By David Andrew Dugle ~ O ctober. Halloween. It's time to visit the haunted house I used to live in. When I was five my dad was able to build a big modern house. Moving in before it was complete, my younger brother and I were sleeping in a large unfinished area directly under the living room. It should have been too new to be a haunted house, but now and then I would wake up in the tiny, dark hours and see the blurry image of a face, or at least what I took to be a face, glowing, faintly yellow, high up on the wall near the ceiling. I'm not kidding! Most nights it didn’t appear at all. But when it did show itself, at first I thought it was a ghost and it scared me like nothing else I’d ever seen. But the face never did anything; unmoving, it just stayed in that one spot. Turning on the lights would make it disappear, making my fears difficult to explain, so I never told anyone. My Sunday School teachers had always told me to be good because God was just behind m

The Blame Game or Shit Happens

By Webmdave ~ A relative suffering from Type 1 diabetes was recently hospitalized for an emergency amputation. The physicians hoped to halt the spread of septic gangrene seeping from an incurable foot wound. Naturally, family and friends were very concerned. His wife was especially concerned. She bemoaned, “I just don’t want this (the advanced sepsis and the resultant amputation) to be my fault.” It may be that this couple didn’t fully comprehend the seriousness of the situation. It may be that their choice of treatment was less than ideal. Perhaps their home diabetes maintenance was inconsistent. Some Christians I know might say the culprit was a lack of spiritual faith. Others would credit it all to God’s mysterious will. Surely there is someone or something to blame. Someone to whom to ascribe credit. Isn’t there? A few days after the operation, I was talking to a man who had family members who had suffered similar diabetic experiences. Some of those also suffered ea

Reasons for my disbelief

By Rebekah ~ T here are many layers to the reasons for my disbelief, most of which I haven't even touched on here... When I think of Evangelical Christianity, two concepts come to mind: intense psychological traps, and the danger of glossing over and missing a true appreciation for the one life we know that we have. I am actually agnostic when it comes to a being who set creation in motion and remains separated from us in a different realm. If there is a deistic God, then he/she doesn't particularly care if I believe in them, so I won't force belief and instead I will focus on this one life that I know I have, with the people I can see and feel. But I do have a lot of experience with the ideas of God put forth by Evangelical Christianity, and am confident it isn't true. If it's the case god has indeed created both a physical and a heavenly spiritual realm, then why did God even need to create a physical realm? If the point of its existence is to evolve to pas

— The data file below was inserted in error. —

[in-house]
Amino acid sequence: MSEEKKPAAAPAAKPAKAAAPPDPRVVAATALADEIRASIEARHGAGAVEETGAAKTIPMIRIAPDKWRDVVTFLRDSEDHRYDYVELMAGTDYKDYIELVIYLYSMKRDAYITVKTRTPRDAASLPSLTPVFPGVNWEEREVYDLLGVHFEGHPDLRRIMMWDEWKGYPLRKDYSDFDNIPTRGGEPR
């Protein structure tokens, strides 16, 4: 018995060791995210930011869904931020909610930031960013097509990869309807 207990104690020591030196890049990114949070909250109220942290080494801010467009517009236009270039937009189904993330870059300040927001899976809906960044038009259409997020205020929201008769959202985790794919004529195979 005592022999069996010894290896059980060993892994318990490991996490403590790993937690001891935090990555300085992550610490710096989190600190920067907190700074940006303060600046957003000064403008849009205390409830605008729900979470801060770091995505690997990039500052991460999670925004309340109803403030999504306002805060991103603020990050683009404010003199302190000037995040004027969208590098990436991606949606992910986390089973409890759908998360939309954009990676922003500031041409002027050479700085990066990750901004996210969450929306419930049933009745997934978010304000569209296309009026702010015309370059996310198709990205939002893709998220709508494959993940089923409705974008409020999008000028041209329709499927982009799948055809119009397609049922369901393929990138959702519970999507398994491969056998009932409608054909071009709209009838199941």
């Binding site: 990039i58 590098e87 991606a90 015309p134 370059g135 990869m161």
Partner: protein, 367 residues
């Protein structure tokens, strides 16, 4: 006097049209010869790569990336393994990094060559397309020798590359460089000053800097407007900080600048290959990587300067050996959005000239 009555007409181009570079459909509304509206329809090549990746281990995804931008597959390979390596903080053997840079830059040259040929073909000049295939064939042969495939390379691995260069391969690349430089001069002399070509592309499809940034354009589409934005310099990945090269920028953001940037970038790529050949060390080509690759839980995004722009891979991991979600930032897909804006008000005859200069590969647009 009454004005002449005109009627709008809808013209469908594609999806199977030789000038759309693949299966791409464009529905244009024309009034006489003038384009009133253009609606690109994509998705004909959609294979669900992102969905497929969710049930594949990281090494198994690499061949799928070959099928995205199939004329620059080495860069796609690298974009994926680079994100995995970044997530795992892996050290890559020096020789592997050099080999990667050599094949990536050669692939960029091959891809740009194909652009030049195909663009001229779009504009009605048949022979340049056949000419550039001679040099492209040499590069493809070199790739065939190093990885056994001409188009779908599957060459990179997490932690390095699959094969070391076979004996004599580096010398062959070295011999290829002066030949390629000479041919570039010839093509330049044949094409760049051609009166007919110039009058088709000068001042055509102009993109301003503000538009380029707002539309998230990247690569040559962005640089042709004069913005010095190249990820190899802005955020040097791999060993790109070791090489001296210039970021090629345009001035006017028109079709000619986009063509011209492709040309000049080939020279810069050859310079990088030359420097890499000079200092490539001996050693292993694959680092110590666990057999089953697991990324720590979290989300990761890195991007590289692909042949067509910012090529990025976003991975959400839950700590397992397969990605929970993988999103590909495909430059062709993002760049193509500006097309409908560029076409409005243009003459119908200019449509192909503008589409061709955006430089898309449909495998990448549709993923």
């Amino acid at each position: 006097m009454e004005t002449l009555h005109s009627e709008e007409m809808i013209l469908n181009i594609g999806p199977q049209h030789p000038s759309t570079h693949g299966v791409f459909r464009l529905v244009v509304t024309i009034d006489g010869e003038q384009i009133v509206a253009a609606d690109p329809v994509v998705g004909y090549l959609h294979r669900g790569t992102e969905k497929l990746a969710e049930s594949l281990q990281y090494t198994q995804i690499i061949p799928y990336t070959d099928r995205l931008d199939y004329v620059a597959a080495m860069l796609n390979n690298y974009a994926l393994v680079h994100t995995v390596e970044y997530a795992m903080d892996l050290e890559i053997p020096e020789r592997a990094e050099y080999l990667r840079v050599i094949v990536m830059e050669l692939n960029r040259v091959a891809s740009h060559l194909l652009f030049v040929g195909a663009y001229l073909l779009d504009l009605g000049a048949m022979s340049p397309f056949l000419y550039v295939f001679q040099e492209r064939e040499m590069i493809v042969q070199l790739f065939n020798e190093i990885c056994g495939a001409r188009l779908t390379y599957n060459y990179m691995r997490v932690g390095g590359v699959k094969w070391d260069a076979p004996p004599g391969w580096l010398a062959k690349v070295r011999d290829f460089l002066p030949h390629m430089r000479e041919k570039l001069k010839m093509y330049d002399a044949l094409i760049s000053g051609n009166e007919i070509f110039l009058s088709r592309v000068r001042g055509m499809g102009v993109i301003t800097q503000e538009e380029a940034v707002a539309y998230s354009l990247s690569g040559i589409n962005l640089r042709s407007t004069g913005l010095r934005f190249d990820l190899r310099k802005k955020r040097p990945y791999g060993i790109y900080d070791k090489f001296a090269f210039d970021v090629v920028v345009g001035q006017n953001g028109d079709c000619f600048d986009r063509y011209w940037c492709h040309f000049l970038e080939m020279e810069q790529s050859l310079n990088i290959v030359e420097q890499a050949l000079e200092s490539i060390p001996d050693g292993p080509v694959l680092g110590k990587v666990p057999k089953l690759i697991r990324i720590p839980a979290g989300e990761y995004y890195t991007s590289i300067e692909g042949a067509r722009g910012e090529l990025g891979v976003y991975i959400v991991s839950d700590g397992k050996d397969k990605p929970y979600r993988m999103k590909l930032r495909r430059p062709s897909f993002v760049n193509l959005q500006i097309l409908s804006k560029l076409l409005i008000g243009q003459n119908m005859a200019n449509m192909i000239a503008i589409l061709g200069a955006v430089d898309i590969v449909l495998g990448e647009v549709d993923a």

Are You an Atheist Success Story?

By Avangelism Project ~ F acts don’t spread. Stories do. It’s how (good) marketing works, it’s how elections (unfortunately) are won and lost, and it’s how (all) religion spreads. Proselytization isn’t accomplished with better arguments. It’s accomplished with better stories and it’s time we atheists catch up. It’s not like atheists don’t love a good story. Head over to the atheist reddit and take a look if you don’t believe me. We’re all over stories painting religion in a bad light. Nothing wrong with that, but we ignore the value of a story or a testimonial when we’re dealing with Christians. We can’t be so proud to argue the semantics of whether atheism is a belief or deconversion is actually proselytization. When we become more interested in defining our terms than in affecting people, we’ve relegated ourselves to irrelevance preferring to be smug in our minority, but semantically correct, nonbelief. Results Determine Reality The thing is when we opt to bury our

Christian TV presenter reads out Star Wars plot as story of salvation

An email prankster tricked the host of a Christian TV show into reading out the plots of The Fresh Prince of Bel Air and Star Wars in the belief they were stories of personal salvation. The unsuspecting host read out most of the opening rap to The Fresh Prince, a 1990s US sitcom starring Will Smith , apparently unaware that it was not a genuine testimony of faith. The prankster had slightly adapted the lyrics but the references to a misspent youth playing basketball in West Philadelphia would have been instantly familiar to most viewers. The lines read out by the DJ included: "One day a couple of guys who were up to no good starting making trouble in my living area. I ended up getting into a fight, which terrified my mother." The presenter on Genesis TV , a British Christian channel, eventually realised that he was being pranked and cut the story short – only to move on to another spoof email based on the plot of the Star Wars films. It began: &quo

Why I left the Canadian Reformed Church

By Chuck Eelhart ~ I was born into a believing family. The denomination is called Canadian Reformed Church . It is a Dutch Calvinistic Christian Church. My parents were Dutch immigrants to Canada in 1951. They had come from two slightly differing factions of the same Reformed faith in the Netherlands . Arriving unmarried in Canada they joined the slightly more conservative of the factions. It was a small group at first. Being far from Holland and strangers in a new country these young families found a strong bonding point in their church. Deutsch: Heidelberger Katechismus, Druck 1563 (Photo credit: Wikipedia ) I was born in 1955 the third of eventually 9 children. We lived in a small southern Ontario farming community of Fergus. Being young conservative and industrious the community of immigrants prospered. While they did mix and work in the community almost all of the social bonding was within the church group. Being of the first generation born here we had a foot in two